CVM graduates see success with NIH loan repayment program
Student debt is a widespread and serious issue for veterinary graduates, with most new veterinarians graduating with an average of $160,000 in debt. This financial burden can dictate new graduates’ career plans. “Student debt in veterinary medicine can impact what people do with that degree,” says Dr. Robert Weiss, associate dean of research and graduate education. “In particular, research can be something people don’t pursue because of that debt burden.”
However, a federal loan repayment program has helped alleviate financial concerns for new veterinarians who hope to pursue a research career. “It’s fantastic,” says award recipient Casey Cazer, D.V.M. ’16, Ph.D. ’20, assistant professor in the Department of Population Medicine and Diagnostic Sciences at the Cornell College of Veterinary Medicine (CVM). “It’s one of the best federal loan repayment programs out there.”
The NIH Loan Repayment Program (LRP) is awarded to trainees who have completed their graduate degree (which includes veterinary degrees) and repays up to $50,000 annually of their educational debt. In exchange, trainees commit to pursuing research in five NIH mission-relevant areas, which are clinical research; pediatric research; health disparities research; contraception and infertility research; and clinical research for individuals from disadvantaged backgrounds.
The program does require some advance planning — trainees should begin doing work in one of the NIH priority areas prior to applying for the program. However, if burgeoning scientists are drawn to and commit to this scientific groundwork, the odds are in their favor. Acceptance rates are as high as 42% for new applicants and 68% for renewal applicants, and, according to Cazer, four CVM applicants of the program were accepted last year.
The application process is slightly different from other NIH grants, Cazer explains. “You’re not so much defending your research ideas — you’re promoting yourself and describing how you will make a difference in one of the areas that’s of interest to the NIH.”
For Cazer, this program was part of the reason she engaged in antimicrobial resistance research (AMR) as a D.V.M. student at Cornell. Working under the guidance of Dr. Yrjö Gröhn, the James Law Professor of Epidemiology, and Dr. Ynte Schukken, professor emeritus in the Department of Population Medicine and Diagnostic Sciences, Cazer looked at using mathematical and statistical techniques to respond to AMR events and threats in food animal systems. Now as an LRP ambassador and recipient, Cazer has continued her pursuit of this research area, shifting her focus into the realm of small animal and human medicine antimicrobial resistance.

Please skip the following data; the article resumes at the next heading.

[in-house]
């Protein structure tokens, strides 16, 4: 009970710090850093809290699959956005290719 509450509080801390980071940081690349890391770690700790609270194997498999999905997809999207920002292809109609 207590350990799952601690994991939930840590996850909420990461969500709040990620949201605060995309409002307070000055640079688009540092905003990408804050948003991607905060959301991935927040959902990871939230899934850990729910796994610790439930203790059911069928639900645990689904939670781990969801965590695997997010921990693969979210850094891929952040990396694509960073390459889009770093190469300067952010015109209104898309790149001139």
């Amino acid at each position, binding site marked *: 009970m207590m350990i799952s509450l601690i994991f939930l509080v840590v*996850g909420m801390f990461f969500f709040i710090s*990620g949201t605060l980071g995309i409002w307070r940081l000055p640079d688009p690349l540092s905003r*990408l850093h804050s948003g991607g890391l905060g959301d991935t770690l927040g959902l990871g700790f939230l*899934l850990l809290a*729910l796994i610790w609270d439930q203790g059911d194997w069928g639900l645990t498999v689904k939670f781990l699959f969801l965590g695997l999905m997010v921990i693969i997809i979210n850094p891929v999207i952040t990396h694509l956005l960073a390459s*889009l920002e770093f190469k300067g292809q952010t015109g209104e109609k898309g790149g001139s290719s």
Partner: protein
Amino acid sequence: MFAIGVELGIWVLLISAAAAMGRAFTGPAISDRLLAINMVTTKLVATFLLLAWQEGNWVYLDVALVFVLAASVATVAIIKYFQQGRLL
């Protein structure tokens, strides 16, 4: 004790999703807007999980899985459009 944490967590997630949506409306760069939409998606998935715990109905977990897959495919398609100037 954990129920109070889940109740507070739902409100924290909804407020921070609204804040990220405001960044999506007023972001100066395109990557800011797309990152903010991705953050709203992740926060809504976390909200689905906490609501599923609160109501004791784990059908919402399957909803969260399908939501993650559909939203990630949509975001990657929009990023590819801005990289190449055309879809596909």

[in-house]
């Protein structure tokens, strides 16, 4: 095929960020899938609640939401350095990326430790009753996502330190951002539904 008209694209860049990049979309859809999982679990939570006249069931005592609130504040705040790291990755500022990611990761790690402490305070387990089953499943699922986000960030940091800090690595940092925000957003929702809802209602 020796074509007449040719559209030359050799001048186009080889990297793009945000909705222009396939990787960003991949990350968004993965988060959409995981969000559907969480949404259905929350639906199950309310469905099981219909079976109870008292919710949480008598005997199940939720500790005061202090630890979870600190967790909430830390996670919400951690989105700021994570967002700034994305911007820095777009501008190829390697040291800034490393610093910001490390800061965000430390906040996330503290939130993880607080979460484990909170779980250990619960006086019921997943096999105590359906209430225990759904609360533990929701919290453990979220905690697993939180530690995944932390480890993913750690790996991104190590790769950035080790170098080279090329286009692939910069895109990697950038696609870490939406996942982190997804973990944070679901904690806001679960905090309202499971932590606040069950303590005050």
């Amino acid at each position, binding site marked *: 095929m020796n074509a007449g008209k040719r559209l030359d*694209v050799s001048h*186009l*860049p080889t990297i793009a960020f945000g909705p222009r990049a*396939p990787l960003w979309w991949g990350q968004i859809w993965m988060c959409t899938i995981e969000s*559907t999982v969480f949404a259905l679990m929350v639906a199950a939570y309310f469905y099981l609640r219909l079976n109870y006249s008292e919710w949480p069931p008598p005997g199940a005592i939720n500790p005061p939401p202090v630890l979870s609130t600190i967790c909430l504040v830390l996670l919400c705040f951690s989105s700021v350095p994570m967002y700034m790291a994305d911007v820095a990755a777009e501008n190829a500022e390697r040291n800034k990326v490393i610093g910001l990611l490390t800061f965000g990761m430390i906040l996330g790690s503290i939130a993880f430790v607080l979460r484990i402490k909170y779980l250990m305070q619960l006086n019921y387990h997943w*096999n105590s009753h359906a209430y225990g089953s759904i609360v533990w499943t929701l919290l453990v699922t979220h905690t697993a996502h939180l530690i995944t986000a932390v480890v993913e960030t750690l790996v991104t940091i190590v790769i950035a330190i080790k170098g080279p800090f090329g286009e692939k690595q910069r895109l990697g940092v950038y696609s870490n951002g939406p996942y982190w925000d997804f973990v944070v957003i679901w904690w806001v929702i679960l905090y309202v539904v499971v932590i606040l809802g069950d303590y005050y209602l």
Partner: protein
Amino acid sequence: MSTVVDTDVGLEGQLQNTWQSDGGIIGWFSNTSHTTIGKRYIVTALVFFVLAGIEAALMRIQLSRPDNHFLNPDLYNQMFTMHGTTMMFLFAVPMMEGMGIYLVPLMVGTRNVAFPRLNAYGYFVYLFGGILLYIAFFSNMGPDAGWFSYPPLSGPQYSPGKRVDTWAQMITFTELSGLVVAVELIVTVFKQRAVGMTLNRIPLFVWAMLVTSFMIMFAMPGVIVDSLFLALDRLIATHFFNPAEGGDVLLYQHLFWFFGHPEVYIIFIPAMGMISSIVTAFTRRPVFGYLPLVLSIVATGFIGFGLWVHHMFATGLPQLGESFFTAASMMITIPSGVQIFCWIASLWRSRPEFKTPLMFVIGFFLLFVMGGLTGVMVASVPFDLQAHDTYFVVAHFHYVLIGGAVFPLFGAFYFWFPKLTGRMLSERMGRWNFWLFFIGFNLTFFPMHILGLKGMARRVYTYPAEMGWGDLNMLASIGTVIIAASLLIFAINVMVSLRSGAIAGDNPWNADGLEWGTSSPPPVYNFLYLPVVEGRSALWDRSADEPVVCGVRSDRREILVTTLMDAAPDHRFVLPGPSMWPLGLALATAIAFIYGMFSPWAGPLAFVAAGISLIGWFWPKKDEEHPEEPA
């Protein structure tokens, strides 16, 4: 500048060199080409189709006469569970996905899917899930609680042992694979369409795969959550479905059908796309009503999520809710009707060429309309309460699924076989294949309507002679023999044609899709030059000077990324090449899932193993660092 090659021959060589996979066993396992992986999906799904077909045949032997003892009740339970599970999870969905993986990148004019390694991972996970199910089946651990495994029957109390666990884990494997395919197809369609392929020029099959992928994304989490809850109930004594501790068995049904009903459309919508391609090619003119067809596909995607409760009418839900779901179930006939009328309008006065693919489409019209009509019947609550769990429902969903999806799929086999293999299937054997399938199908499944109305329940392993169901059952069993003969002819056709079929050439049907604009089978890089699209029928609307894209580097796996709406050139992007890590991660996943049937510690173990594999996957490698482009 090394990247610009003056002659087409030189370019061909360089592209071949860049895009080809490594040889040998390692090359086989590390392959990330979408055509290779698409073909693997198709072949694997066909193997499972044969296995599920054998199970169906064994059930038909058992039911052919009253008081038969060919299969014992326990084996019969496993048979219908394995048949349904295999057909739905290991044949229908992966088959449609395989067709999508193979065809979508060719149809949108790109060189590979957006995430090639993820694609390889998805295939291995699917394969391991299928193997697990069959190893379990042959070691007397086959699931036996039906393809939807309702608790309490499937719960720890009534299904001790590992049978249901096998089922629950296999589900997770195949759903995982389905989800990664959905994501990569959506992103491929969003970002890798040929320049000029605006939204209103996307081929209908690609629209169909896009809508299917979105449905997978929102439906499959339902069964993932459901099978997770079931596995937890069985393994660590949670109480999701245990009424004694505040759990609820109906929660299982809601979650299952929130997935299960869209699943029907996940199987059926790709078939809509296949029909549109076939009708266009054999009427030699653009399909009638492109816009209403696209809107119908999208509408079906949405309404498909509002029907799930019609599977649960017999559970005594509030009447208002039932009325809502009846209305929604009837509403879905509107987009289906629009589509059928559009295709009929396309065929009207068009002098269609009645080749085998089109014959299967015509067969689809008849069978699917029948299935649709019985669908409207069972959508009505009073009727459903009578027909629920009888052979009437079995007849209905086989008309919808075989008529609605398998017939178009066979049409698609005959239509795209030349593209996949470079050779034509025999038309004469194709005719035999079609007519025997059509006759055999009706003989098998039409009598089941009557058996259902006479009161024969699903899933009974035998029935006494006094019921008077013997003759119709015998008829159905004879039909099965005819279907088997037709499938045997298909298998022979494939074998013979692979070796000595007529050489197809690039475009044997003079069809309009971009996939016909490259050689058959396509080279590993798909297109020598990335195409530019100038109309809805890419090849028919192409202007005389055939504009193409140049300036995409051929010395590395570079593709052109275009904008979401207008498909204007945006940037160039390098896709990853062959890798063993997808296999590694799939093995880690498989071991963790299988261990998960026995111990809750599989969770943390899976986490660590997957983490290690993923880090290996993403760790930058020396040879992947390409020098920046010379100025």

“The program has had a huge impact on me,” says Cazer. “It’s allowed me to stay in academic research. Like a lot of people, I came out of veterinary school with a large burden of debt, and it can be very frustrating to pursue a Ph.D. program with that. Thanks to this NIH program, I was able to stay positive and finish my Ph.D. instead of feeling like I needed to find work in a more immediately lucrative area.”
Keeping an open mind
Elizabeth Moore, D.V.M. ’12, Ph.D. ’19, a post-doc in Dr. Claudia Fischbach’s lab and previously a graduate student in the Weiss lab, earned a repayment award in the clinical research category. “I’m interested in mechanisms that maintain our genomic stability, not only looking at the biochemical, cell intrinsic view, but also looking at the physical microenvironment cues.” In the Fischbach lab, she’s examining how cellular genome repair responds to physical factors in breast cancer models.